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Courses in the winter semester 2021/22

Please note that due to the IT attack on the TU Berlin, it is currently not possible to edit this website. So unfortunately not all information is kept up to date.

You can therefore find our course offer in the winter semester 2021/22 here.

Reduced course portfolio due to COVID-19 pandemic

Due to the ongoing COVID-19 pandemic the Neural Information Processing group might not offer all courses for the SoSe 2021. Further information of the execution can be found on ISIS.

The following courses will be offered:

- Praktisches Programmieren und Rechneraufbau 

- Machine intelligence II 

- Einführung in die Informatik . Vertiefung 

- NI-Projekt

The following courses might take place (not decided yet):

- Advanced topics in reinforcement learning

Neural Information Processing Group

We are concerned with the principles underlying information processing in biological systems. On the one hand we want to understand how the brain computes, on the other hand we want to utilize the strategies employed by biological systems for machine learning applications. Our research interests cover three thematic areas.

Models of Neuronal Systems:


In collaboration with neurobiologists and clinicians we study how the visual system processes visual information. Research topics include: cortical dynamics, the representation of visual information, adaptation and plasticity, and the role of feedback. More recently we became interested in how perception is linked to cognitive function, and we began to study computational models of decision making in uncertain environments, and how those processes interact with perception and memory.

Machine Learning and Neural Networks:


Here we investigate how machines can learn from examples in order to predict and (more recently) act. Research topics include the learning of proper representations, active and semisupervised learning schemes, and prototype-based methods. Motivated by the model-based analysis of decision making in humans we also became interested in reinforcement learning schemes and how these methods can be extended to cope with multi-objective cost functions. In collaboration with colleagues from the application domains, machine learning methods are applied to different problems ranging from computer vision, information retrieval, to chemoinformatics.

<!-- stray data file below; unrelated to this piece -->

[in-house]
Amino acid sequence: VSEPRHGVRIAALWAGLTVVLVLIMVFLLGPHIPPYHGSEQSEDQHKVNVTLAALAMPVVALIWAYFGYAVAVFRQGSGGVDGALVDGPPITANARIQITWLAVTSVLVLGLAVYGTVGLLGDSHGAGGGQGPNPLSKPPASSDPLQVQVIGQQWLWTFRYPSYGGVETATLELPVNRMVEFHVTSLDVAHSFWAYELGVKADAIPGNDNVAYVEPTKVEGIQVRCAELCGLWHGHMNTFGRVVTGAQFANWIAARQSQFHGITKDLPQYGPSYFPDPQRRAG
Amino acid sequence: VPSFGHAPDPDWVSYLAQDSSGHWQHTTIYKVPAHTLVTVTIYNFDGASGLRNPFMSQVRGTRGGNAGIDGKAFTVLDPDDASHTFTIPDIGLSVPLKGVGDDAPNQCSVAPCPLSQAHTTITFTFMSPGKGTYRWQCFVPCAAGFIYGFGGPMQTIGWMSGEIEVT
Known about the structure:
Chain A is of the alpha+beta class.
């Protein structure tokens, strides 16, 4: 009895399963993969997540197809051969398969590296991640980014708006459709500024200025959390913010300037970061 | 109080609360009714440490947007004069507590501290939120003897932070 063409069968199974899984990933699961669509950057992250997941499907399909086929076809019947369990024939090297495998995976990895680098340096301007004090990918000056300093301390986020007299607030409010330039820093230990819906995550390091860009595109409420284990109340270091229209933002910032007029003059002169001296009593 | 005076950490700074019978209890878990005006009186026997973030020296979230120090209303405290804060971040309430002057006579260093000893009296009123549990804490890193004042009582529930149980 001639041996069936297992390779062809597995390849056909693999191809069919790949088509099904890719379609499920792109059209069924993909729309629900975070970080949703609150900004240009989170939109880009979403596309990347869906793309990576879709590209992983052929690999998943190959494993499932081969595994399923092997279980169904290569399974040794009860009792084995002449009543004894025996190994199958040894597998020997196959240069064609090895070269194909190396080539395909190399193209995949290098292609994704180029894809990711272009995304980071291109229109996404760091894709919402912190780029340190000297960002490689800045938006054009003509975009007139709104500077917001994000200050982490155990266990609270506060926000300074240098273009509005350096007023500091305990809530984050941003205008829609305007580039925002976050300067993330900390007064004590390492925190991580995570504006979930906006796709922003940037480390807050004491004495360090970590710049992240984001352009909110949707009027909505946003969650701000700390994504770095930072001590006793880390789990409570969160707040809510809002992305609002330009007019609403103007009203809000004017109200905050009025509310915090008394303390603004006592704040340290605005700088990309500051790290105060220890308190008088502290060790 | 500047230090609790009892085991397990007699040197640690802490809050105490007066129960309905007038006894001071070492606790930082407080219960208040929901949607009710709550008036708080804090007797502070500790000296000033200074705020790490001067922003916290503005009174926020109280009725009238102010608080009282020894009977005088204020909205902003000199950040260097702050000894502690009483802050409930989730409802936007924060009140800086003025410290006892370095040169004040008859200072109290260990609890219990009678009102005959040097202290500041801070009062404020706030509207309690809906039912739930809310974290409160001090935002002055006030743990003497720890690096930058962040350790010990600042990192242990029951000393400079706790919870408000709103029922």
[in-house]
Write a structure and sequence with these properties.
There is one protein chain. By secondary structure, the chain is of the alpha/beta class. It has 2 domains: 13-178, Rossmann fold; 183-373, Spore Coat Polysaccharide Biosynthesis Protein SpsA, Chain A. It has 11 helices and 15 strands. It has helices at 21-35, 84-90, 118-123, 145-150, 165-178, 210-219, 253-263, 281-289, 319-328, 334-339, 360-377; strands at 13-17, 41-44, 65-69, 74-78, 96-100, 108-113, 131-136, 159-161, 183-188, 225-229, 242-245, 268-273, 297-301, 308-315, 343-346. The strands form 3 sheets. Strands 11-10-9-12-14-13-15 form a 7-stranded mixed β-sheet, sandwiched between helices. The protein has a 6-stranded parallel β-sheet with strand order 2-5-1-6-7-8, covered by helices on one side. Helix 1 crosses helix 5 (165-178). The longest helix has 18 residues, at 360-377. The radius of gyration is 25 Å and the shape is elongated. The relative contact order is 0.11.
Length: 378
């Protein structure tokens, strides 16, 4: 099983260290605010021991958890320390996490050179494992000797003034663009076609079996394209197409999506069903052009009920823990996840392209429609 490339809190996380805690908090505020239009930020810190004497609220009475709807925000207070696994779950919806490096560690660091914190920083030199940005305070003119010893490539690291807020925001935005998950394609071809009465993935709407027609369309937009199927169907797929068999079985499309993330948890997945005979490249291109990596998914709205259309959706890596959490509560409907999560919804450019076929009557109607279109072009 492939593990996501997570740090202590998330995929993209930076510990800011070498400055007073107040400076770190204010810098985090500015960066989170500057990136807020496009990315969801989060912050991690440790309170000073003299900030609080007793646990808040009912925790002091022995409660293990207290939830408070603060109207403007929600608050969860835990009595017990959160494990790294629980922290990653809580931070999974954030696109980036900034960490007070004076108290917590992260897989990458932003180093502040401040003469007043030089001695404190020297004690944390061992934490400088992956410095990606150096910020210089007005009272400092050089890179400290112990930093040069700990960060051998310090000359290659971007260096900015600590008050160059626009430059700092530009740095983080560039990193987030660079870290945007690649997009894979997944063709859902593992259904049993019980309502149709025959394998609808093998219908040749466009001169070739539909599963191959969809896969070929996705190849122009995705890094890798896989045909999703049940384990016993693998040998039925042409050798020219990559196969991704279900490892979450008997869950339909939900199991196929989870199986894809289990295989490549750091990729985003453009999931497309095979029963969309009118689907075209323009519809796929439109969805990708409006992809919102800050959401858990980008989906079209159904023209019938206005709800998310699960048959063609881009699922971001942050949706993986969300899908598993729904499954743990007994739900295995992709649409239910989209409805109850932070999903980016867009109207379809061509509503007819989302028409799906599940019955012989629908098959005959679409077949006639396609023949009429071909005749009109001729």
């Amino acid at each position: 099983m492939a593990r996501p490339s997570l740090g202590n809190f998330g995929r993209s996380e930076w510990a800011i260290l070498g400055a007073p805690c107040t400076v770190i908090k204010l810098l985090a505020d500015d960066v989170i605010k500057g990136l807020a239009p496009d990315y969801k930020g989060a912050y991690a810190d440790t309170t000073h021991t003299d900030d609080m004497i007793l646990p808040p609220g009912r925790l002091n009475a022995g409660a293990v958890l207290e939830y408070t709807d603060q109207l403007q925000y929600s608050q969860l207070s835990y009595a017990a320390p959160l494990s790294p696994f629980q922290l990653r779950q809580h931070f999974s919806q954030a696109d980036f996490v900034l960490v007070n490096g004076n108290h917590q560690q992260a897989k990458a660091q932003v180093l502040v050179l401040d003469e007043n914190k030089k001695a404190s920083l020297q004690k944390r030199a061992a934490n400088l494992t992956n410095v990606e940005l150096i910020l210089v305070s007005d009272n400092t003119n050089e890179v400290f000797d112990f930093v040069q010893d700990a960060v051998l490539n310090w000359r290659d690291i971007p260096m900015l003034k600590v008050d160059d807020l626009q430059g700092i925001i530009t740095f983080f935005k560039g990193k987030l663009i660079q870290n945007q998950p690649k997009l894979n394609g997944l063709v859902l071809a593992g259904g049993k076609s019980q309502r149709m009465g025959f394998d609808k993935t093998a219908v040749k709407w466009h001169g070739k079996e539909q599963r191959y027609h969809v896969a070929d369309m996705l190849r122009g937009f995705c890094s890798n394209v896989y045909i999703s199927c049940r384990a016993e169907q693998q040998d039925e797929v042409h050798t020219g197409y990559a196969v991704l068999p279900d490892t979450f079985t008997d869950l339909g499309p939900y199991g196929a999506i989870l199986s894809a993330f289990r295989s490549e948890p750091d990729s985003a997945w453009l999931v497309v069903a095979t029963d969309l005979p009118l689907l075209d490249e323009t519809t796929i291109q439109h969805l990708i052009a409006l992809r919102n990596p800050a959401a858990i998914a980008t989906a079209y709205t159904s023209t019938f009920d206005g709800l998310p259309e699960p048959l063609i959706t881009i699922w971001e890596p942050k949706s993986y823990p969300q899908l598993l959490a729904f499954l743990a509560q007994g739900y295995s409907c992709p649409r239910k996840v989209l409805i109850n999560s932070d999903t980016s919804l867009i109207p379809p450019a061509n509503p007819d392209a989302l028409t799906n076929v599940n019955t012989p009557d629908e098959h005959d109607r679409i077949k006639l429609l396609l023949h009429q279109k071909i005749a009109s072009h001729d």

Analysis of Neural Data:


Here we are interested to apply machine learning and statistical methods to the analysis of multivariate biomedical data, in particular to data which form the basis of our computational studies of neural systems. Research topics vary and currently include spike-sorting and the analysis of multi-tetrode recordings, confocal microscopy and 3D-reconstruction techniques, and the analysis of imaging data. Recently we became interested in the analysis of multimodal data, for example, correlating anatomical, imaging, and genetic data.

Selected Publications

Support Vector Machines for Dyadic Data
Citation key Hochreiter2006b
Author Hochreiter, J. and Obermayer, K.
Pages 1472 – 1510
Year 2006
DOI 10.1162/neco.2006.18.6.1472
Journal Neural Comput.
Volume 18
Abstract We describe a new technique for the analysis of dyadic data, where two sets of objects (\"row\" and \"column\" objects) are characterized by a matrix of numerical values which describe their mutual relationships. The new technique, called \"Potential Support Vector Machine\" (P-SVM), is a large-margin method for the construction of classifiers and regression functions for the \"column\" objects. Contrary to standard support vector machine approaches, the P-SVM minimizes a scale-invariant capacity measure and requires a new set of constraints. As a result, the P-SVM method leads to a usually sparse expansion of the classification and regression functions in terms of the \"row\" rather than the \"column\" objects and can handle data and kernel matrices which are neither positive definite nor square. We then describe two complementary regularization schemes. The first scheme improves generalization performance for classification and regression tasks, the second scheme leads to the selection of a small, informative set of \"row\" \"support\" objects and can be applied to feature selection. Benchmarks for classification, regression, and feature selection tasks are performed with toy data as well as with several real world data sets. The results show, that the new method is at least competitive with but often performs better than the benchmarked standard methods for standard vectorial as well as for true dyadic data sets. In addition, a theoretical justification is provided for the new approach.
Bibtex Type of Publication Selected:main selected:structured selected:publications
Link to publication Link to original publication Download Bibtex entry

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Prof. Dr. rer. nat. Klaus Obermayer
Room MAR 5043

consultation hours:
Wed 12am-1pm
registration via email

During the restricted acces to TU buildings in reacion to the Covid-19 pandemic, it is nescessary to register per email for the office hour of Prof. Obermayer.

Please send an email with some days in advance to explain your concern. If it is not possible to solve it by email, you will receive an email at the time of the office hour (Wed, 12-1 pm) including a link which will allow to participate in a video conference with Prof. Obermayer.

All requets will be handled first-in-first-out. Please stay tuned for the whloe time of the office hour.

Administrative Office
Groiss, Camilla
Room MAR 5042
Fon: +49 30 314 73442
Fax: +49 30 314 73121

Consultation hours:
We 9am - 11am